From 25 to 28 May 2023, Monaco will vibrate to the rhythm of the 80th Formula 1 Monaco Grand Prix, along with the Formula 2 competition. Two Monegasque drivers will be vying to win: world championship runner-up Charles Leclerc and his brother Arthur.
Every square metre of the Monaco race track tells a story. Since 1929, every pilot has hung on, crashed, been injured or excelled on it,” says Michel Boeri, President of the Automobile Club de Monaco since 1972*. The sentence particularly resonates with the Leclerc brothers. Charles Leclerc, the darling of the Ferrari tifosi, is aiming to win the World Championship this year after finishing the 2022 season as runner-up, and has always dreamed of winning this race. The Monegasque driver knows the track like the back of his hand: as a child, he drove through these streets by bus on his way to school. “I’ve never known Monaco without F1, apart from during Covid in 2020. For me, F1 without Monaco is not F1,” he said in defence of the competition last year, after Liberty Media threatened to pull the Monegasque event from the Formula 1 calendar. After months of negotiation, the survival of Monaco Grand Prix – which along with the 24 Heures du Mans and the Indianapolis 500 is one of the three most prestigious motor races for a driver to win (the famous Triple Crown) – is assured for the next three years. This year there will be three other race series in addition to Formula one during the four days of competition: Formula 2, Formula 3 (which is making a big comeback in the Principality), and the Porsche SuperCup. We’ll be keeping a close eye on Arthur Leclerc’s performance in F1’s “waiting room”. Following in the footsteps of his brother and their father, a former F3 driver, he will make his F2 debut this year with Dams, having finished sixth in the final F3 ranking. The 22-year-old is a member of the Ferrari Driver Academy, the Scuderia’s youth team, and has experienced a meteoric rise after competing in F3 for two seasons, during which he won three races with the Prema team – France and the Netherlands in 2021 and Great Britain in 2022. At the end of May, the two brothers will race at home, in parallel contests. And perhaps one day we’ll see them duel in F1?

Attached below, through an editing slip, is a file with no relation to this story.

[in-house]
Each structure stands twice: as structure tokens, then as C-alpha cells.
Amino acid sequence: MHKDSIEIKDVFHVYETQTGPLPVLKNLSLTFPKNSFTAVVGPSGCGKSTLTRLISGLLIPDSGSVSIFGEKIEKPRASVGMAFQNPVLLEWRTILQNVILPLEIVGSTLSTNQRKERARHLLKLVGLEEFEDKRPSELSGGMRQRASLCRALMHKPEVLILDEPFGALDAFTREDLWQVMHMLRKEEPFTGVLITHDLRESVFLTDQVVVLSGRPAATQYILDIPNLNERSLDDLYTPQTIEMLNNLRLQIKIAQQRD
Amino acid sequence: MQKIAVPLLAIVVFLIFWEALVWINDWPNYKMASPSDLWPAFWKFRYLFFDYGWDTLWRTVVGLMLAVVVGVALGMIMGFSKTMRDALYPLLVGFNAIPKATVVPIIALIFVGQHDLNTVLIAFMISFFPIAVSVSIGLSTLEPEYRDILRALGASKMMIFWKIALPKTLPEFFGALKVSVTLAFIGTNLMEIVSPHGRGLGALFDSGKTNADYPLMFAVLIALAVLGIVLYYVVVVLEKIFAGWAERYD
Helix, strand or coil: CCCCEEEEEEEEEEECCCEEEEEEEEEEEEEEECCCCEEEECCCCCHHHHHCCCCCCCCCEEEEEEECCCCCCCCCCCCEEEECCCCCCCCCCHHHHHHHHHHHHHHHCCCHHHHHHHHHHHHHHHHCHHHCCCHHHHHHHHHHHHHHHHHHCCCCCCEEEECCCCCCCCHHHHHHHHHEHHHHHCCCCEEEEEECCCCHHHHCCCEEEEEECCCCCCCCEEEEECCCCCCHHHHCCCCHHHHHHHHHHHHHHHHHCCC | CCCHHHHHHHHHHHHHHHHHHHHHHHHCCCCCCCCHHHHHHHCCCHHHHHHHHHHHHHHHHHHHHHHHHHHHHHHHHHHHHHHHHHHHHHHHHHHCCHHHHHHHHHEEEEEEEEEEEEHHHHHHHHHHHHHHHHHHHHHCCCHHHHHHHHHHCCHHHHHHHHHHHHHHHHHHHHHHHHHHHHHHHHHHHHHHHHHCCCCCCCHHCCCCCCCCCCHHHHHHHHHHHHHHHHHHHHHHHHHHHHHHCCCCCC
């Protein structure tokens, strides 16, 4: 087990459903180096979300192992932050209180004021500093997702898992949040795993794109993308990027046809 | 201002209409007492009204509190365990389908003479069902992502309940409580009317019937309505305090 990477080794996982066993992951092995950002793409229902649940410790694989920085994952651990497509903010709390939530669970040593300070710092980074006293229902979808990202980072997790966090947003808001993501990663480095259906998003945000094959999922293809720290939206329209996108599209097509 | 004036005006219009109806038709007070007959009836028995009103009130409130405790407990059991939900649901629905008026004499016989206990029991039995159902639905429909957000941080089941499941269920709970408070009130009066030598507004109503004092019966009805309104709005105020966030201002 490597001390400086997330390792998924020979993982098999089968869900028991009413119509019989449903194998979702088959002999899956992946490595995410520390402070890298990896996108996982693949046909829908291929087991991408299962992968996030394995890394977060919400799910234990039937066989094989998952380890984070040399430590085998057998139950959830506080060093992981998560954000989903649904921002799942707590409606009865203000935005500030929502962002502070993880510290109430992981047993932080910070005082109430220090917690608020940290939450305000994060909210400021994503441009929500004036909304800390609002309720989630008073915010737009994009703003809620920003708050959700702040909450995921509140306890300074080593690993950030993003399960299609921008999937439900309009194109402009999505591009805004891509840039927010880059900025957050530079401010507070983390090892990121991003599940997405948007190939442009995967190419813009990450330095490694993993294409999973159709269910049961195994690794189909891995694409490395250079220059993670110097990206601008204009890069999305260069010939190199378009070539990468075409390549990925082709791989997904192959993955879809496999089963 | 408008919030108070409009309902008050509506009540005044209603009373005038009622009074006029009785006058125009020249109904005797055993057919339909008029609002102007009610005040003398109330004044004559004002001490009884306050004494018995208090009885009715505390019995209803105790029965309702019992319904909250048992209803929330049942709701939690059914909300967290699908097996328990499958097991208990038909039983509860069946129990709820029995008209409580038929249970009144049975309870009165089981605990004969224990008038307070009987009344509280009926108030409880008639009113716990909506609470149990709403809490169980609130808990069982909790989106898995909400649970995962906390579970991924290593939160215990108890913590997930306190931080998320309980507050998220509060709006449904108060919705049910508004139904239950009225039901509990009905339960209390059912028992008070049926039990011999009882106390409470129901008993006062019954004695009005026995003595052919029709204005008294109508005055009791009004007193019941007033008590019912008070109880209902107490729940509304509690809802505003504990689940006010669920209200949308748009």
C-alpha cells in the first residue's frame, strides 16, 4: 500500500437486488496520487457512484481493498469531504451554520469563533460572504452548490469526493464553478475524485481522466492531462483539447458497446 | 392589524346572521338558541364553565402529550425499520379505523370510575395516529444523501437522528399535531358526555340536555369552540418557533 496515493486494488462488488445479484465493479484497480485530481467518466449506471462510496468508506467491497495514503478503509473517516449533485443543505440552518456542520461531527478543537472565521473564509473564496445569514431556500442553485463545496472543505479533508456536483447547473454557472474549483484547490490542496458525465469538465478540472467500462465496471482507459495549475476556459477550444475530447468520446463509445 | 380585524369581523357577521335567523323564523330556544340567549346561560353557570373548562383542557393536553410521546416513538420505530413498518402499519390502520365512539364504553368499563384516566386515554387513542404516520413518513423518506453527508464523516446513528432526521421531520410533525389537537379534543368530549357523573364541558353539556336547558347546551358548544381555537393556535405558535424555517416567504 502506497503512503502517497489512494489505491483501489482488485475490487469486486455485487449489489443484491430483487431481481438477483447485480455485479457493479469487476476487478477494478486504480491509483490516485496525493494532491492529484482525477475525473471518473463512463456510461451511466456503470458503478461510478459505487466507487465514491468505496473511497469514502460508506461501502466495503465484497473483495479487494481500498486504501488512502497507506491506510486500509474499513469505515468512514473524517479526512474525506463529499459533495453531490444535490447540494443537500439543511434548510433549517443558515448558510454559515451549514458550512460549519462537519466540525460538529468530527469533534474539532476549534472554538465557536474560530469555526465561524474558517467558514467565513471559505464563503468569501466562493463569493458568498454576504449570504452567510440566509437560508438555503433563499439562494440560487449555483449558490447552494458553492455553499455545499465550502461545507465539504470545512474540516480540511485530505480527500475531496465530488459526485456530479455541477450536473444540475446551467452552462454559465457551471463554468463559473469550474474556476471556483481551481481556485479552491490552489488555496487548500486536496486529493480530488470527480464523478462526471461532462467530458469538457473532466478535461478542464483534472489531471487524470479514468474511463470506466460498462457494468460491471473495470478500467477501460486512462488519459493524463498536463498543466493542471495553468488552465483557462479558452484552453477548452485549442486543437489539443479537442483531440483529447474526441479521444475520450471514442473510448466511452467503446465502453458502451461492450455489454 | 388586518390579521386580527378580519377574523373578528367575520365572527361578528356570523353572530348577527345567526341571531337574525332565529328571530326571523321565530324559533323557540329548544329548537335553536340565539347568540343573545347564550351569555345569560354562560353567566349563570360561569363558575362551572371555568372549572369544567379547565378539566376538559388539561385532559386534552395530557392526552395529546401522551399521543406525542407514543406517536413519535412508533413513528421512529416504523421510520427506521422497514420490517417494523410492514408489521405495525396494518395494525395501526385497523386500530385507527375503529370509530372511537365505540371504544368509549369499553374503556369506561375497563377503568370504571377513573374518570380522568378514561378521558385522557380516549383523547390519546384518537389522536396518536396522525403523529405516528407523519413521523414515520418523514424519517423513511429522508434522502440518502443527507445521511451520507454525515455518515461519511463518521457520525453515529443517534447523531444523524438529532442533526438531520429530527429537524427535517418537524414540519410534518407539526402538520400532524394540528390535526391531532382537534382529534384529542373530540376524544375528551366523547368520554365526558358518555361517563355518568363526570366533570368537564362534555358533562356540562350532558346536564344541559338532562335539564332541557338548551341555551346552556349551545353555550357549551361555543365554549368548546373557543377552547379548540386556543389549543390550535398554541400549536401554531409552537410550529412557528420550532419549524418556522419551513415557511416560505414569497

By Milena Radoman